Scrum and its hybrids are the dominant approaches used by Agile teams today. However, despite Scrum being a seemingly simple framework, many teams struggle to apply Scrum well and fail to achieve the faster delivery of higher value products that are promised.
Why is this, and what can we do about it?
The first reason why this is true is that Scrum forces us to challenge many of the assumptions that we have been taught for generations. For instance that product features can be described in advance; that assembling a team of skilled people will mean they do great work from the start; and that customers won’t use a product until it is complete.
Because these (and many other) assumptions are hard wired into us, it is hard to act against them, and easy for us to make small adjustments toward them (and away from Scrum). For example, we often see teams fail to identify meaningful changes in their Retrospectives that they can action, either identifying systemic things beyond their control or only identifying positive things to continue. Or teams that treat their Product Backlog as a set of committed requirements that must be delivered before they can release the product.
A second reason is that some of the Scrum events can be hard to do well. Coming up with ideas to keep the Retrospective fresh is hard. So is keeping the Daily Scrum on track and on time and making the Sprint Review interesting and relevant enough to ensure the right stakeholders attend (and keep on attending).
The first step to improving your Scrum is to recognize where you are doing well, and where you may be going wrong. Then, identifying exactly how you can improve.
Essence can help you do both these things. Essence is an industry standard to describe practices and methods – Scrum is one of many practices that has been ‘essentialized’. That means that Scrum has been broken down into its various elements (such as the Sprint, the Daily Scrum, its values, etc.) and each is described in a concise and unambiguous way. It’s not just us who recognize that Scrum is often not done well. One of its creators, Jeff Sutherland agrees, and he also agrees with us on Essence being a great solution.
Describing a practice in this way makes it easy for a team to examine how they apply the practice and to identify ways to improve. Essentializing Scrum means more than just describing its component parts – it also captures the relationships between them. This aids understanding of the practice and makes it easy to focus on a subset of a practice to understand it well without the distractions of all the other parts.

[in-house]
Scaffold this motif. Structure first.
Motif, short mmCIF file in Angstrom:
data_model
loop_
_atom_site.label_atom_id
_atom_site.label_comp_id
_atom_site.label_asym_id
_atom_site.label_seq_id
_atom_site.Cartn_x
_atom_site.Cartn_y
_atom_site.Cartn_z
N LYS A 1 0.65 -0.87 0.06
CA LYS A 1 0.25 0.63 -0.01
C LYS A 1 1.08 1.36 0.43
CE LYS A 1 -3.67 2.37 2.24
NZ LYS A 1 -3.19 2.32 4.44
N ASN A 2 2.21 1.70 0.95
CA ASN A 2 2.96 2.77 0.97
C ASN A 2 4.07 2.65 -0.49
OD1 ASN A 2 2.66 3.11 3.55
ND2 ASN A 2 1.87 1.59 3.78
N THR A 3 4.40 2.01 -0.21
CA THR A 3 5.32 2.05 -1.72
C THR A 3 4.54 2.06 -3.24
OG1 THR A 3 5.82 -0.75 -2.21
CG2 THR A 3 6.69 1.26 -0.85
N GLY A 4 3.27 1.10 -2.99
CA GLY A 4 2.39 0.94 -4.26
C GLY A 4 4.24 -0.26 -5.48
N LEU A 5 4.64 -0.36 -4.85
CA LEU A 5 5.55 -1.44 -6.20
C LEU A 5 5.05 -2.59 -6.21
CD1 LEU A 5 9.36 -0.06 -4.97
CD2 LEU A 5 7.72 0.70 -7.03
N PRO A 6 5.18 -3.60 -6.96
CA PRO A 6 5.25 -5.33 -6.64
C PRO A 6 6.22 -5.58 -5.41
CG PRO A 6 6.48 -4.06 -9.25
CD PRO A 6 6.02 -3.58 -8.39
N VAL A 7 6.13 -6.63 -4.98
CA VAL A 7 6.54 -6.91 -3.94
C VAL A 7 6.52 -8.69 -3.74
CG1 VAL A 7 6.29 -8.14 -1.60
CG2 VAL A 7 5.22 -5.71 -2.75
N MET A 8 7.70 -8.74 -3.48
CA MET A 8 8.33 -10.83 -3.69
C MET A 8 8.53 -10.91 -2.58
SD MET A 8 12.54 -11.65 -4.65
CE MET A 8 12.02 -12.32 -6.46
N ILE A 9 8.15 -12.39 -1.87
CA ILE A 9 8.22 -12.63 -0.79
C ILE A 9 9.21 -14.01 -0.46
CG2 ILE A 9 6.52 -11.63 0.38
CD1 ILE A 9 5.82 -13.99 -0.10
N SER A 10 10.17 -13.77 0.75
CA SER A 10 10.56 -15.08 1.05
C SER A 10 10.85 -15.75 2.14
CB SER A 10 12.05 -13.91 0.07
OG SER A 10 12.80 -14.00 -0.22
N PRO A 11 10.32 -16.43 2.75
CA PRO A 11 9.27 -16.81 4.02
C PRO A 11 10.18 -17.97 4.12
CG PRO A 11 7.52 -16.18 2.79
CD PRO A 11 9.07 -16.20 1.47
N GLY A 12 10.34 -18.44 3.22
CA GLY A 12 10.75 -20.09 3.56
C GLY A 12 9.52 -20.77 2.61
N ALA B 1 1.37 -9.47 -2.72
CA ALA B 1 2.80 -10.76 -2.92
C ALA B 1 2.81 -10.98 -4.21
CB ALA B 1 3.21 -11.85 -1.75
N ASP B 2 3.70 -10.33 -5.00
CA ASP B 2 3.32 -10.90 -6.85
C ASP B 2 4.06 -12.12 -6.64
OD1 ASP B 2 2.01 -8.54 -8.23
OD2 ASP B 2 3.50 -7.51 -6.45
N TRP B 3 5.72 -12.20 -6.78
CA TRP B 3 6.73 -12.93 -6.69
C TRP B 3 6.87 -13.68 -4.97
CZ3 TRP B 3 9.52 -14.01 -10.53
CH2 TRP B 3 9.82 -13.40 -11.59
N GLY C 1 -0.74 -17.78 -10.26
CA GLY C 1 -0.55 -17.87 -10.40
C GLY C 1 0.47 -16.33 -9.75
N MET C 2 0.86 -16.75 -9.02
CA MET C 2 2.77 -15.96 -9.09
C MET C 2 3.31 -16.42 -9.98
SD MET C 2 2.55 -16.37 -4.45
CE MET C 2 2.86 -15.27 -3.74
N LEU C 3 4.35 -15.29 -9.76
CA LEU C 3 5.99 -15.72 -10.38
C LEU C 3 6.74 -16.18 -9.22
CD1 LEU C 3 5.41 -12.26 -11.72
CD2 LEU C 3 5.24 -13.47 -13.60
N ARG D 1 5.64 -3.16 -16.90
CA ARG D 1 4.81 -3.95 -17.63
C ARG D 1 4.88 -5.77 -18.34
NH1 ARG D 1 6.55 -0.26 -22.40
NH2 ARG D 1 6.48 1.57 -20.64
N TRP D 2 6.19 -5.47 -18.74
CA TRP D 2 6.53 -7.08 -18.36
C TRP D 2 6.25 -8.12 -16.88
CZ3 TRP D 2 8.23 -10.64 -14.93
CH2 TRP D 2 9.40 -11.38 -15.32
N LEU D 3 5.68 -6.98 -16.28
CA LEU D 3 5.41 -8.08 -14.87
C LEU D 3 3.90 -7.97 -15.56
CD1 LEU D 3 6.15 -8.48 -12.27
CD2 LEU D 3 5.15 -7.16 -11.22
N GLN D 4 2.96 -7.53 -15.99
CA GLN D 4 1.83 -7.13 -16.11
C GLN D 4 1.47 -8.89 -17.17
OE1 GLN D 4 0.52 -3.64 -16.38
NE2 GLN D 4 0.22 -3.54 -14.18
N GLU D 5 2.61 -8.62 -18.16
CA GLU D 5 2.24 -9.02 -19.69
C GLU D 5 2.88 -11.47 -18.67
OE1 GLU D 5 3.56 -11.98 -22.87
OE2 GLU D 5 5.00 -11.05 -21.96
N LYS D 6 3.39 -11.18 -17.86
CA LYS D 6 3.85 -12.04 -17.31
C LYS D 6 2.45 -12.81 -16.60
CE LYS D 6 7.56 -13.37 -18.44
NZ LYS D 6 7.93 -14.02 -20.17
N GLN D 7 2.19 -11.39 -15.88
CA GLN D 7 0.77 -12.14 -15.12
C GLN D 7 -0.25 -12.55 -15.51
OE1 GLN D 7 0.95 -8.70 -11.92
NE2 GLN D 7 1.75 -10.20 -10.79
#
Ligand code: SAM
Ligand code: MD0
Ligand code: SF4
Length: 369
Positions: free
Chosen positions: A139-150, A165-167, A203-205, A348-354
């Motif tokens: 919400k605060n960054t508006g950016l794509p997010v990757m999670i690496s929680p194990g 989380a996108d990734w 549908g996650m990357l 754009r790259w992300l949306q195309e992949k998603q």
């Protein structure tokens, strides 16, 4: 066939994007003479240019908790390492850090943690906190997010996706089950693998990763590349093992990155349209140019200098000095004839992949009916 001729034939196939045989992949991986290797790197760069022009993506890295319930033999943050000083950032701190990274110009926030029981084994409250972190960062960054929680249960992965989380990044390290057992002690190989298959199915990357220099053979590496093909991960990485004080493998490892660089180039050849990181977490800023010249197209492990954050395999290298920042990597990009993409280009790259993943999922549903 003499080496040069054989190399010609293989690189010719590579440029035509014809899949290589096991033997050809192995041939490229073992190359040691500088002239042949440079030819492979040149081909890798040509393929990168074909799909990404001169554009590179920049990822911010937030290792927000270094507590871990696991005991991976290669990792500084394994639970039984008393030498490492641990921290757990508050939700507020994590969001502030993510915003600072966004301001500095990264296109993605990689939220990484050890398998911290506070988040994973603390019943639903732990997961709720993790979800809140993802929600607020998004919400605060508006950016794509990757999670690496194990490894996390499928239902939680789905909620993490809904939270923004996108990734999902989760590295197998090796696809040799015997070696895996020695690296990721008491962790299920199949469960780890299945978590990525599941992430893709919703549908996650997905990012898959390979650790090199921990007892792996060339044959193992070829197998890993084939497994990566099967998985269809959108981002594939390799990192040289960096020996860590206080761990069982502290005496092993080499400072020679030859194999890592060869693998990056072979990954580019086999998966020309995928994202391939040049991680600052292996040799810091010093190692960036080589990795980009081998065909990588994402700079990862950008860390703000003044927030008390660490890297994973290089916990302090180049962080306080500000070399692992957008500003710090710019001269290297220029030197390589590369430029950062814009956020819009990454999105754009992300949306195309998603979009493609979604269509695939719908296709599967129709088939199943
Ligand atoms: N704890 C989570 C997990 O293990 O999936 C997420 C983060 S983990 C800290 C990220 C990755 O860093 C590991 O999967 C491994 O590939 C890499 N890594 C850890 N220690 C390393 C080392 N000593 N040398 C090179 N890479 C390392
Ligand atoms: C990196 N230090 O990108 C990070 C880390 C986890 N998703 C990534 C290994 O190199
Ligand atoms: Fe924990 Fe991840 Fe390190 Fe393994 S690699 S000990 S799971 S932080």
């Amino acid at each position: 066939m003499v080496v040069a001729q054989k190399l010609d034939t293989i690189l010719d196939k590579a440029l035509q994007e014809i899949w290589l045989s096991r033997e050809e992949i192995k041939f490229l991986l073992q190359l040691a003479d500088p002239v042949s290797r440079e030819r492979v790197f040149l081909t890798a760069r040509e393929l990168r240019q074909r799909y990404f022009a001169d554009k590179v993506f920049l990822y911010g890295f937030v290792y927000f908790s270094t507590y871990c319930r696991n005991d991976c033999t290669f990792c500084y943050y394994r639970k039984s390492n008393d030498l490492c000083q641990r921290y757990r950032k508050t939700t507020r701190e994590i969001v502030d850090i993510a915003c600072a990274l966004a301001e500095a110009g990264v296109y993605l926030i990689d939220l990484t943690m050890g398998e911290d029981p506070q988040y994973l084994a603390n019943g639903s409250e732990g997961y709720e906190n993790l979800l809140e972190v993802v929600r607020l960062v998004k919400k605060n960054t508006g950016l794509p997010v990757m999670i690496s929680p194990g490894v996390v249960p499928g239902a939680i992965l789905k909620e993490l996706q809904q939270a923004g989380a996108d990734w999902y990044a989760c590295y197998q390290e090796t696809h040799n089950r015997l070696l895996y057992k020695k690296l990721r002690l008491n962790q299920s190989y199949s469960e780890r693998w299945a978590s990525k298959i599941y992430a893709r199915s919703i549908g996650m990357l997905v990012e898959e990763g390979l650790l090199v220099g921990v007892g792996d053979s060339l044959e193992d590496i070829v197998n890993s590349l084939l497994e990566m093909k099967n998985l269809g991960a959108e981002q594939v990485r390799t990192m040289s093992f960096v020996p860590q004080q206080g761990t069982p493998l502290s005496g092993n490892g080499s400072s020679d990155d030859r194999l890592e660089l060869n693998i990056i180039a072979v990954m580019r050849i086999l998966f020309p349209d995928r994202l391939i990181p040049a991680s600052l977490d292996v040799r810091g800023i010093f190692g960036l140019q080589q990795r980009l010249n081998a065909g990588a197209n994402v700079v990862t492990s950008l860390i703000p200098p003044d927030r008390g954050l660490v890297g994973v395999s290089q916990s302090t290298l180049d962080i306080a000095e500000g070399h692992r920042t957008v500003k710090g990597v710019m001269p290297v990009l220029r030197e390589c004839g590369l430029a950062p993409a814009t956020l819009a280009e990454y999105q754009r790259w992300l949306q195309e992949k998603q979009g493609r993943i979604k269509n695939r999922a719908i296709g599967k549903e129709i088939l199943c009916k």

For example, imagine a team examines their use of Scrum and finds that they think their planning and retrospectives are good, most of the rest is OK, but they don’t think they are getting the best from the Sprint Review.
With Essence, it is easy to see that the Sprint Review involves the Increment, Product Backlog, Product Goal, Sprint and Sprint Goal. The purpose of the activity is to both inspect the outcome of the Sprint and determine future adaptations. The first step to improvement is to focus on just those aspects of Scrum (plus the values) and their relationship with the Sprint Review. The Spotlight game helps us do that…
In this game, we arrange all the relevant practice elements around the Sprint Review card and describe how they ought to relate to one another. See below for an example…
This provides a useful blueprint that we can compare our own Sprint Reviews to, making it easier to see where we can improve. This ability to drill into Scrum and easily select the relevant parts to focus on makes it easy to find ways to improve and easy to involve the team in the self improvement.
This is just one of many ways that Essence can help improve your scrum. For more ideas, check out the different types of games we can play, why gameplay and serious games are a powerful learning tool, learn more about Essentialized Scrum, grab yourself some Scrum Cards, find out more about our tool TeamSpace, and learn more about other uses of Essence.
Please also check out the various other popular practices available for download at our free Coaching Card Download Hub.